Property 913 – Shrines and Temples of Nikko
I think it would be pretty easy to write a history of Europe and the Middle East based entirely around themes of religious discord. Leaving aside the actions of monarchs and the accidents of history, the big driver of history in that part of the world is the intractable hatreds of one variety of religion for another, and the conflict that arises when the two meet. We don’t even need to be talking about Islam vs Christianity – think about the Catholic/Protestant conflict from the late Middle Ages onwards and all the varieties of mystical confabulation in our own modern age.
Coming from a background of that kind of strife, it’s very refreshing to visit Japan. You see, Japan has two major branches of religion, neither of which feels like religion in the Western sense of holy books and iconoclasm. There is Shinto, the indigenous religion of Japan which focusses on nature worship, forest spirits, ancestors and the like. And then there is Buddhism, introduced to Japan in the 6th century CE, concerned with the the search for enlightenment and escape from one’s mortal shackles.
In any other place these two conceptions of the divine would have been mortal enemies. In Japan, there appears to have been a general understanding that they might be two sides of the same coin. Accommodations were made, and the two religions were combined in a uniquely Japanese way which respects the uniqueness of both, but does not allow for conflict. This concept is well-enough established to even have its own name – Shinbutsu-shūgō (神仏習合), “the syncretism of Kami and Buddhas”.
If you doubt that such a peaceful cohabitation is possible I invite you to visit Nikko, a couple of hours north of Tokyo by train.
Forest spirits and kindly Buddhas
Weather can make a big difference in your experience of a place. I had always known this, but it was confirmed when I visited Nikko. It rained. Not a little bit, but a lot. And I visited in the middle of winter which meant that the rain was cold and soaked through my frankly inadequate clothes in a matter of minutes. My diary also tells me that I’d made the trip from Tokyo without the benefit of breakfast, which my juvenile physique was ill-equipped to handle.
In a less-civilised country, this would have been intolerable and thoroughly coloured my experience of the location. As it was, I remember being rather cold and damp but I was impressed nonetheless with the property. A friend of mine described Japan and the Japanese as being highly evolved, and I think he’s probably right – had there been more aggravations due to transport or hostility from other visitors, this would have been quite a dispiriting experience.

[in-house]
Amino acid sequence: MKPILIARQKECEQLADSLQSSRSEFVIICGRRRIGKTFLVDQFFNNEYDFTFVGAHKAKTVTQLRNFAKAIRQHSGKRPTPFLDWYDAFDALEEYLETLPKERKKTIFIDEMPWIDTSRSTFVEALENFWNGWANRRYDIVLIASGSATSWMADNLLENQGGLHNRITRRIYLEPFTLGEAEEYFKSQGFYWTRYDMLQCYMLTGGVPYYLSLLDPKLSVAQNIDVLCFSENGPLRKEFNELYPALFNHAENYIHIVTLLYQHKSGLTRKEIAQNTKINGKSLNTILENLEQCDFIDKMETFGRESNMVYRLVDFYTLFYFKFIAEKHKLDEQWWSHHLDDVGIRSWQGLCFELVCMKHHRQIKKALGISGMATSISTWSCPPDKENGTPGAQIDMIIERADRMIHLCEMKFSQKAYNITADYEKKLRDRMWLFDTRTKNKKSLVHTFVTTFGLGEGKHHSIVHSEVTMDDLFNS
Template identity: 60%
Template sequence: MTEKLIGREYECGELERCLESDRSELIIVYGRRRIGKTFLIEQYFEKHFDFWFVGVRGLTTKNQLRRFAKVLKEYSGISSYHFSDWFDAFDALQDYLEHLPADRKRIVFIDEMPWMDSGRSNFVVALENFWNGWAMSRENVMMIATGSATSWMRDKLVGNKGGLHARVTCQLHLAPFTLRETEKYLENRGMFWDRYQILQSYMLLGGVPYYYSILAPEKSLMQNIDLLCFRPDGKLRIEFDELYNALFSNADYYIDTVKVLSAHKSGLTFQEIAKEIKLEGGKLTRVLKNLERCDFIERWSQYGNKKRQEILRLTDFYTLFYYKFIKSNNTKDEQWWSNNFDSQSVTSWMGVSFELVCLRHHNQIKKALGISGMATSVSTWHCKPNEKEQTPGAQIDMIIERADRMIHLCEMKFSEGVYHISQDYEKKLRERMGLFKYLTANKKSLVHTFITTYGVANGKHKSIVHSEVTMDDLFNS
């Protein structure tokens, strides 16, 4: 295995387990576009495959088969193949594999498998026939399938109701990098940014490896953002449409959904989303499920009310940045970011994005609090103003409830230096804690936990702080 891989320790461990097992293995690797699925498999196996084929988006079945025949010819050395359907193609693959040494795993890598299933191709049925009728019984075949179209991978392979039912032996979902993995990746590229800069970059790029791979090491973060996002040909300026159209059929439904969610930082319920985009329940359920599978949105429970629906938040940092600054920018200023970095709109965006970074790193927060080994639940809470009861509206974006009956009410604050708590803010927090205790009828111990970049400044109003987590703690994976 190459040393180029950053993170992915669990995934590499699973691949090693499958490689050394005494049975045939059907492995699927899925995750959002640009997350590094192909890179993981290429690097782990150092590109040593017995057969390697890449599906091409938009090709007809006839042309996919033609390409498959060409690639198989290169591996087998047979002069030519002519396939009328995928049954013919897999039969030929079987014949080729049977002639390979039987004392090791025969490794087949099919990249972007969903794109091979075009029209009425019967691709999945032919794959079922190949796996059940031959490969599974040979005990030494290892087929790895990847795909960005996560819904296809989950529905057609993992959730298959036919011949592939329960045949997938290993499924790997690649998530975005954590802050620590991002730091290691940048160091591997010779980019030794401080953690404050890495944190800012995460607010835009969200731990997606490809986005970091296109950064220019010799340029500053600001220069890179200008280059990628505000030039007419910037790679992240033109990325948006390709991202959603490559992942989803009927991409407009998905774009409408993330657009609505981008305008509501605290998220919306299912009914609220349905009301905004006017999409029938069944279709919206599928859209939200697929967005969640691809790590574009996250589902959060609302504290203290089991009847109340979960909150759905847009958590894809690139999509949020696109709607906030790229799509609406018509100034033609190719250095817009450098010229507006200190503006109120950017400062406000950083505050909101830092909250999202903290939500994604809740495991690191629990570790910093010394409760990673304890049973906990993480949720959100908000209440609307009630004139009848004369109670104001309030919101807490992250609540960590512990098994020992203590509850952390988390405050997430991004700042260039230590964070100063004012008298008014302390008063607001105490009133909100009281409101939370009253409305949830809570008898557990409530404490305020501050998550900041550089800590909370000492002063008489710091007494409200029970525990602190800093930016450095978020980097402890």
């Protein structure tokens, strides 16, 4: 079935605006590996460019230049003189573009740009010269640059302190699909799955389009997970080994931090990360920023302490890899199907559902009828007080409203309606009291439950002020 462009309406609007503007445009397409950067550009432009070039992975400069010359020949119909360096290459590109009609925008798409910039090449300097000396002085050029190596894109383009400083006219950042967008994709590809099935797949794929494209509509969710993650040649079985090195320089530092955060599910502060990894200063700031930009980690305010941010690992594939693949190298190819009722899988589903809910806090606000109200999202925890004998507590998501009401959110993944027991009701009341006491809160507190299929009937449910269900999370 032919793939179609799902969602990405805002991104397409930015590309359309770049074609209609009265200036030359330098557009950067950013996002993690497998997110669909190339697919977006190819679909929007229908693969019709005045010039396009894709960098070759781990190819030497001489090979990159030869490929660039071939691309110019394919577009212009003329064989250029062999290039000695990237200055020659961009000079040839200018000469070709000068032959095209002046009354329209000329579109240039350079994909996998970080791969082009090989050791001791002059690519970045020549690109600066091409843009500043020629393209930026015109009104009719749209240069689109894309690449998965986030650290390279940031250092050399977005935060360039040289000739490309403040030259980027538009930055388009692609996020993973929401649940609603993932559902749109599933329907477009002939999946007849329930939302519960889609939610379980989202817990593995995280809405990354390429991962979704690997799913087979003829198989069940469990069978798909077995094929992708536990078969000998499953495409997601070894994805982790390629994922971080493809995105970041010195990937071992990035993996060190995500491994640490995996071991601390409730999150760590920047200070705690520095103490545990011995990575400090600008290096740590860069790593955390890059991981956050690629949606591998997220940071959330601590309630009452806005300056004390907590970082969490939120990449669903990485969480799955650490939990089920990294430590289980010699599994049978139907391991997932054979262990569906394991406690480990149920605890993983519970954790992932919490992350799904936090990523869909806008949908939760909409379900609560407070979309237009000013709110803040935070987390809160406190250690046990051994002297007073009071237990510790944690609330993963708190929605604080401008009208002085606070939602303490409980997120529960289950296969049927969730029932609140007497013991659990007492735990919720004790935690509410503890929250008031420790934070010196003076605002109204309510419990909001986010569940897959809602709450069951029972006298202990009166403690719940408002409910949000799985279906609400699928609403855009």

Nikko is a mountain village made famous by the large number of Shinto shrines and Buddhist temples therein. They are all accommodated on the sides of the mountain in a scattered and disordered ramble. Unlike the orderly cemeteries near my home, there are no designated areas for one faith or another – all the buildings all tumbled together in a great pine-scented and rather damp forest.
The structures are all built up the side of a hill and incorporated into the surrounding forest. My main feeling when visiting of all this red-painted timber is of being utterly at sea, culturally speaking. My visual vocabulary is quite Eurocentric, so I simply don’t understand most of what was going on at Nikko. I could see that things were extravagantly gilded and rather damp, but I don’t really know what any of it meant. Sometimes I had difficult separating the Shinto from the Buddhist elements.
How to build a temple
It is beautiful though. In particular the Shinkyo bridge is striking, a red streak of timber stretching over a lurid green gorge. I was also quite taken by the Gojunoto five-storied pagoda and the vast quantities of moss growing on everything that would stay still long enough. Walking around the site for a couple of hours feels like disappearing into a lost age, before being abruptly drawn back into the present by spying a blue-robed monk carrying a bright pink umbrella.
The judicious use of gold on the icons and interior decorations speaks to an earlier time when the only light sources were the sun or a nearby fire. Gilding catches the light in a smoky space and makes it feel magical, and the detailing allows visibility of obscure details in low light. A monk in a damp grey robe rung a gigantic gong by striking it with a small log attached to a rope. The resonant bronze echoed through the forest until it disappeared, swallowed up by the pine needles and gentle, icy rain.
The overall effect is of an ancient pagan power, a little like the temples at Nara, but at a far more approachable scale. I’ve visited Christian churches where I’ve felt awed and uplifted; and Islamic mosques where I’ve felt intoxicated on complexity, but at Nikko I felt like I was one with the countryside. It was damp, it was smoky, it was seriously cold, but I felt strangely at home.
In Nikko the gods are all around. You just have to pay attention.